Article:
Climate change deniers misuse hunger study (as predicted)
A study published in Environmental Research Letters last month provides a stark warning about unintended consequences of putting a single global price on carbon: higher food prices, and therefore an increase in global hunger. This would be particularly acute in developing regions that are already struggling with food security.
The modeling showed that if a blanket carbon tax were imposed across all sectors and all countries, it would lead to more food insecurity than climate change alone would. By levying a tax on agricultural emissions and making land more valuable for growing biofuels instead of crops, for example, a blanket carbon tax would worsen global food insecurity.
But the press release is clear in that the authors “stress that their results should not be used to argue against greenhouse gas emissions reduction efforts.” Rather, they’re illustrating the need for well-designed and nuanced policies to prevent or ameliorate these accidental impacts.
Deniers, of course, seem to have conveniently missed that part. WUWT, GWPF and JoNova all spun the research as showing that climate action is bad and that even aiming for the 2C target will lead to world hunger.
Reuters unfortunately uses this framing in its headline, but did get into some of the details about the need for targeted policies. Carbon Brief, though, does a great job reporting on the findings and unpacking what it means for policymakers.
In short, the study means that the simplest policy, and the one preferred by the scant few conservatives who aren’t in denial about the problem, is far from a silver bullet. Instead, solutions must be paired with policies that reflect the fact that the US and European nations grew rich off of our fossil fuel use, accumulating wealth in part by not paying to properly dispose of our carbon waste. Now that we know other nations can’t follow suit, it is only fair that we use some of that wealth to ensure people aren’t starving.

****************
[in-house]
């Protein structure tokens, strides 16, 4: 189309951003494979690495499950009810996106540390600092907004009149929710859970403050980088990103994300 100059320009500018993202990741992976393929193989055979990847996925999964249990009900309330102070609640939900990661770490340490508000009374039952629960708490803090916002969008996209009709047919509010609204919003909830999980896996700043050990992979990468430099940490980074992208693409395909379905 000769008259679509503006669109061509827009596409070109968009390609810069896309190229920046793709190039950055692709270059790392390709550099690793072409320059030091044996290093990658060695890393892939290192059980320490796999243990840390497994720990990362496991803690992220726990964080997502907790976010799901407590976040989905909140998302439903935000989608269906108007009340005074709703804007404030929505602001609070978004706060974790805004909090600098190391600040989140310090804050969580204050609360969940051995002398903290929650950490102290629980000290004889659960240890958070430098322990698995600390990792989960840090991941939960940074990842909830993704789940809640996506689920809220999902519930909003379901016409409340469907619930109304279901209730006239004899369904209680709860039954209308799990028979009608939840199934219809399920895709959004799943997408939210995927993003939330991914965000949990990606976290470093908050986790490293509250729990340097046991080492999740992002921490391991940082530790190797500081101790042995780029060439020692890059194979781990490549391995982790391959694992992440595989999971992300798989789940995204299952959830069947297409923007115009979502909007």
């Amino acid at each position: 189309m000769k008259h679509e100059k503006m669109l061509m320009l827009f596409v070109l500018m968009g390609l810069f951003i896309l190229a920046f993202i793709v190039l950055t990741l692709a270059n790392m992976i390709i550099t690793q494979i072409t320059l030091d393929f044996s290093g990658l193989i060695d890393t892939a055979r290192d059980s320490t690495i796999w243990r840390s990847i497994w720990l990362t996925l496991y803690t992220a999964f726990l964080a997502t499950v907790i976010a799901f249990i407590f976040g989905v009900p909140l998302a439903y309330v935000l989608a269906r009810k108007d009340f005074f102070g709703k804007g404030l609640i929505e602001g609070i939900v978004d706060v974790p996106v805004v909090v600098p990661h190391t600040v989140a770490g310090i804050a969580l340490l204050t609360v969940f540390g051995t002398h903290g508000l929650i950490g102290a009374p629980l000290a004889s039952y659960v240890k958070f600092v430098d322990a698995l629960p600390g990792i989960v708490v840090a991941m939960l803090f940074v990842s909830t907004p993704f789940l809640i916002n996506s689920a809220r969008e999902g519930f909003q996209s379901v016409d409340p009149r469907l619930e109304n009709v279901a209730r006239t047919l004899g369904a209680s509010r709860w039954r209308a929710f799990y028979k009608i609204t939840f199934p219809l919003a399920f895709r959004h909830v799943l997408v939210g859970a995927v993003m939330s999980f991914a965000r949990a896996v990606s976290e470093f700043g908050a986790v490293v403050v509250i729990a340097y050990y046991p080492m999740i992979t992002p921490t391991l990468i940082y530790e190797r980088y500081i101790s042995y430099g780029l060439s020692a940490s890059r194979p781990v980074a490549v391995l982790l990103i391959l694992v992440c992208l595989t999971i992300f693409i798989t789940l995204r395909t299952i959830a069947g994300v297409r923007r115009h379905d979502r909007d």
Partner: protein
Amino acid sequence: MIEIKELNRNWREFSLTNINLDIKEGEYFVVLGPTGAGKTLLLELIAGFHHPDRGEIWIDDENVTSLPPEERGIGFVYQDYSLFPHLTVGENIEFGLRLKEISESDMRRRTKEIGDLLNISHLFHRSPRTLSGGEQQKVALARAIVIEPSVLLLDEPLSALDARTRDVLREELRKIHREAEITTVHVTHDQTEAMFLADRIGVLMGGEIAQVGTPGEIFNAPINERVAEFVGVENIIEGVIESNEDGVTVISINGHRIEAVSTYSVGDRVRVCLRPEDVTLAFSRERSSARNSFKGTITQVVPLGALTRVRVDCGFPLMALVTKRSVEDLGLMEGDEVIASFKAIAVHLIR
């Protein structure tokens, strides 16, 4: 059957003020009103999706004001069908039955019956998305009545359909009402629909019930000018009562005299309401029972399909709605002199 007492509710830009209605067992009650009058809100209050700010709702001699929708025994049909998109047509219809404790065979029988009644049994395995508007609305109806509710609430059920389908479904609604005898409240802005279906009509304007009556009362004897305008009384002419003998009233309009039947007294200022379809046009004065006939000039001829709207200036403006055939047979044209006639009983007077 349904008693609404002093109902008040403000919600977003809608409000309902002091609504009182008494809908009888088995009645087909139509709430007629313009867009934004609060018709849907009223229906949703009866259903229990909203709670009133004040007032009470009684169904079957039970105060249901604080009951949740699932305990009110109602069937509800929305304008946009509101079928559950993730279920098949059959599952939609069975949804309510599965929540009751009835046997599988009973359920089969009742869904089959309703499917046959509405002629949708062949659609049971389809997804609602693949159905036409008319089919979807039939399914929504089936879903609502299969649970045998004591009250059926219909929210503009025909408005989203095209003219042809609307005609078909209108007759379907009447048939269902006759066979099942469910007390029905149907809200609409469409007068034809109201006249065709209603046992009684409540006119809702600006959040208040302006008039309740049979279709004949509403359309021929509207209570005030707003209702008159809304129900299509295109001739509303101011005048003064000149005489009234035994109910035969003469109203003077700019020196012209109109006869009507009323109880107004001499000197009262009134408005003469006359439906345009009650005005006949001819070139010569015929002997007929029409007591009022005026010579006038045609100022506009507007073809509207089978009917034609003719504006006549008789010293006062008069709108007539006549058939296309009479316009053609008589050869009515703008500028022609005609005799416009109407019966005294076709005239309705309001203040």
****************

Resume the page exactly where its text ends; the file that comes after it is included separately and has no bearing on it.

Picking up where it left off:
This idea also gets to the heart of the issue last year with Washington state’s failed carbon tax initiative. Yes, a carbon tax is a market-friendly policy that conservatives can support without abandoning their ideology. But it’s also a blunt instrument that, as this study shows, can lead to some rather unsavory outcomes. In Washington, there were problems because the initiative failed to incorporate the voices of underserved communities. This is the same sort of story, on the global level.
In contrast to the claims of deniers, this study isn’t evidence that climate action is futile or worse. Instead, it’s an argument for inclusivity, for paying particular attention to the needs of those who are already suffering to ensure that mitigating emissions doesn’t exacerbate existing inequities. It’s just the latest piece of evidence demonstrating the absolute need for intersectionality. Because if there’s anything that the NYT Magazine issue about climate failure should teach us, it’s that a handful of mostly white mostly men aren’t going to save the world by themselves.
Top Climate Change and Clean Energy Stories:
(Originally appeared at DailyKos.)